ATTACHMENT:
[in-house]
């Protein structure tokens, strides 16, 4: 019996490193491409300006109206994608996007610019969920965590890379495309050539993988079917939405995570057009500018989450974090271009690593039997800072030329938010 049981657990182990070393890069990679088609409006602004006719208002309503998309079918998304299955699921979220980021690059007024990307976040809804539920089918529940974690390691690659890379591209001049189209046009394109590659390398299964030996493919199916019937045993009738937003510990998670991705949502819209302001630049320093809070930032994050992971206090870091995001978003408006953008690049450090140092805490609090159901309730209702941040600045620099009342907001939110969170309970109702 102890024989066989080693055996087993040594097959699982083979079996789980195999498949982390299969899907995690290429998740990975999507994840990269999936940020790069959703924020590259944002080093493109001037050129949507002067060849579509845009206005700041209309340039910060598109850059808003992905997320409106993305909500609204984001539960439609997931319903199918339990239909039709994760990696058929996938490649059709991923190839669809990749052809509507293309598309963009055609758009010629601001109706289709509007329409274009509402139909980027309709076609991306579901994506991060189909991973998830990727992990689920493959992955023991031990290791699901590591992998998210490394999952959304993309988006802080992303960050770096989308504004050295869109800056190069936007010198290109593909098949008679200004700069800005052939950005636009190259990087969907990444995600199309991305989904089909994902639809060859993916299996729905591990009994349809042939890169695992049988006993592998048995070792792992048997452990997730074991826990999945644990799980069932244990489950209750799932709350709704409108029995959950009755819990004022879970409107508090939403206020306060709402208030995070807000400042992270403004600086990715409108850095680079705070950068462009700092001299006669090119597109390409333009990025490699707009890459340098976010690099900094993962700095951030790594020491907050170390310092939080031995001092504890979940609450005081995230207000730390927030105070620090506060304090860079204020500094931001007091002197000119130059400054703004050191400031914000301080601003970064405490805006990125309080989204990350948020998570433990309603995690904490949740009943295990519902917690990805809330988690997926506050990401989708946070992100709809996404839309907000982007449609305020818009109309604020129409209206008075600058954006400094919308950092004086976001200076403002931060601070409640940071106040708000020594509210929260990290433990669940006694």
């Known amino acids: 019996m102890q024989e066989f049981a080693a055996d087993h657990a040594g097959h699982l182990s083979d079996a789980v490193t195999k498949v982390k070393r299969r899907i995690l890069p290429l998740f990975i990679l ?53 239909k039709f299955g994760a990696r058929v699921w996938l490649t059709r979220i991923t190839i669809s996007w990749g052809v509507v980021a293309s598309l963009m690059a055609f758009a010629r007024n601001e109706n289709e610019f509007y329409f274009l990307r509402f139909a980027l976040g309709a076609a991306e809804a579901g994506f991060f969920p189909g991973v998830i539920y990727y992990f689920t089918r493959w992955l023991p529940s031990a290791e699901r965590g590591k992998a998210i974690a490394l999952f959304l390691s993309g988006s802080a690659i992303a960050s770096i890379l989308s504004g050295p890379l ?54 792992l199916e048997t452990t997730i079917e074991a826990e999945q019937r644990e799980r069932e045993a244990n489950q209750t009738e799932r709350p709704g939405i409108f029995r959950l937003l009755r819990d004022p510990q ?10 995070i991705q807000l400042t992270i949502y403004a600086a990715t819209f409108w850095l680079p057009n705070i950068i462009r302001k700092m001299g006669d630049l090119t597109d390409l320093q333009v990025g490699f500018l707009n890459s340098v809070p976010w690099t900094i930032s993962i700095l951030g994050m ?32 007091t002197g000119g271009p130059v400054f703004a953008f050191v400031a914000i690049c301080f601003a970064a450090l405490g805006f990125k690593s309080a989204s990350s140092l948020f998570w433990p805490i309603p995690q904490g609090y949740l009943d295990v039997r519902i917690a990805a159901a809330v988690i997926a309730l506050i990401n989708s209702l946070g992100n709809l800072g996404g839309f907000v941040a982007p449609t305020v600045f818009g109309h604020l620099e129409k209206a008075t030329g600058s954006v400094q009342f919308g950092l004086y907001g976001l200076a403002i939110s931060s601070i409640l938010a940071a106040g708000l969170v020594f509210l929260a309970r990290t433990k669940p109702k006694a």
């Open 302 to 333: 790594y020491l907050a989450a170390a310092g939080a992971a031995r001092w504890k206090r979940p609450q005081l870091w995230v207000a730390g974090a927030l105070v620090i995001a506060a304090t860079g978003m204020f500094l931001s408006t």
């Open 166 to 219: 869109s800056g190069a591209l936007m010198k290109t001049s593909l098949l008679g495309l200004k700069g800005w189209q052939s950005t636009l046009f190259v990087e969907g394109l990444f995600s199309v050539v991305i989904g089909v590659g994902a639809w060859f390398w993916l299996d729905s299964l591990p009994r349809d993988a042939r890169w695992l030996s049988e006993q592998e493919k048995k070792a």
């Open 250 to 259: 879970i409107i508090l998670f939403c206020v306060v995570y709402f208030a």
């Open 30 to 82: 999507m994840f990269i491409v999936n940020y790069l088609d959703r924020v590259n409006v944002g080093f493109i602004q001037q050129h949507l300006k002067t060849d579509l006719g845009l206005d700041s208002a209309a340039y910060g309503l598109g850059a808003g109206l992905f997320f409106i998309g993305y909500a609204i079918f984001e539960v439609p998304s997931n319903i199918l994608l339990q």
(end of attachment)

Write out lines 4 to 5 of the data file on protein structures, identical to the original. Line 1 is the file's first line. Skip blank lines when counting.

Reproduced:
């Open 302 to 333: 790594y020491l907050a989450a170390a310092g939080a992971a031995r001092w504890k206090r979940p609450q005081l870091w995230v207000a730390g974090a927030l105070v620090i995001a506060a304090t860079g978003m204020f500094l931001s408006t």
């Open 166 to 219: 869109s800056g190069a591209l936007m010198k290109t001049s593909l098949l008679g495309l200004k700069g800005w189209q052939s950005t636009l046009f190259v990087e969907g394109l990444f995600s199309v050539v991305i989904g089909v590659g994902a639809w060859f390398w993916l299996d729905s299964l591990p009994r349809d993988a042939r890169w695992l030996s049988e006993q592998e493919k048995k070792a």